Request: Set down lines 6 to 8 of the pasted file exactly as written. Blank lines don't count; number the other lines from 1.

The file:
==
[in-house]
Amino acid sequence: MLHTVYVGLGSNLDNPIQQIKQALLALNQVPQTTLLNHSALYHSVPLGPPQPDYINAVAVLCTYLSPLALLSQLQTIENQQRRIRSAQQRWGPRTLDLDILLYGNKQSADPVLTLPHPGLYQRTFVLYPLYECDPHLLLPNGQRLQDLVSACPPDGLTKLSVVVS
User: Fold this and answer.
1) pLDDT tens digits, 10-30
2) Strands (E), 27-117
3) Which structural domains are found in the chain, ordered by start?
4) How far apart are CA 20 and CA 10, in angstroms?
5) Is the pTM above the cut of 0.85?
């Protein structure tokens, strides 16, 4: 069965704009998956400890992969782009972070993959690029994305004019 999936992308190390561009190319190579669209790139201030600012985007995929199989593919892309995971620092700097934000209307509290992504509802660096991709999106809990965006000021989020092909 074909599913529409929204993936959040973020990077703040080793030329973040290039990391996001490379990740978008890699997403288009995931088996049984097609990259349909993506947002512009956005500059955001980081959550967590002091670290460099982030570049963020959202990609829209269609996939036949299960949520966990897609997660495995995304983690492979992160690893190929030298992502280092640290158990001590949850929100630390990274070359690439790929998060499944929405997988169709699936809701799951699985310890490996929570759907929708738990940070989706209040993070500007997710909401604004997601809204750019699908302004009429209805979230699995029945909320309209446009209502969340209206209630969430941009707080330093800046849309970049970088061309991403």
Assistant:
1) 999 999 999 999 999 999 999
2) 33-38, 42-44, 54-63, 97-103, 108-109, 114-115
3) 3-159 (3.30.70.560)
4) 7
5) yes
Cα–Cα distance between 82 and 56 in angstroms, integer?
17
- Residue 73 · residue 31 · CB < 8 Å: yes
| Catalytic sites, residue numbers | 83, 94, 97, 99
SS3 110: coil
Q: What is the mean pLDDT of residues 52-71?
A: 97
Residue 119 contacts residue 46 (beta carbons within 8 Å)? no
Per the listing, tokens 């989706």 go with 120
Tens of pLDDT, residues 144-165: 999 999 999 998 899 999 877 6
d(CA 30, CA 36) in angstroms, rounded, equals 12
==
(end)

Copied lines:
3) Which structural domains are found in the chain, ordered by start?
4) How far apart are CA 20 and CA 10, in angstroms?
5) Is the pTM above the cut of 0.85?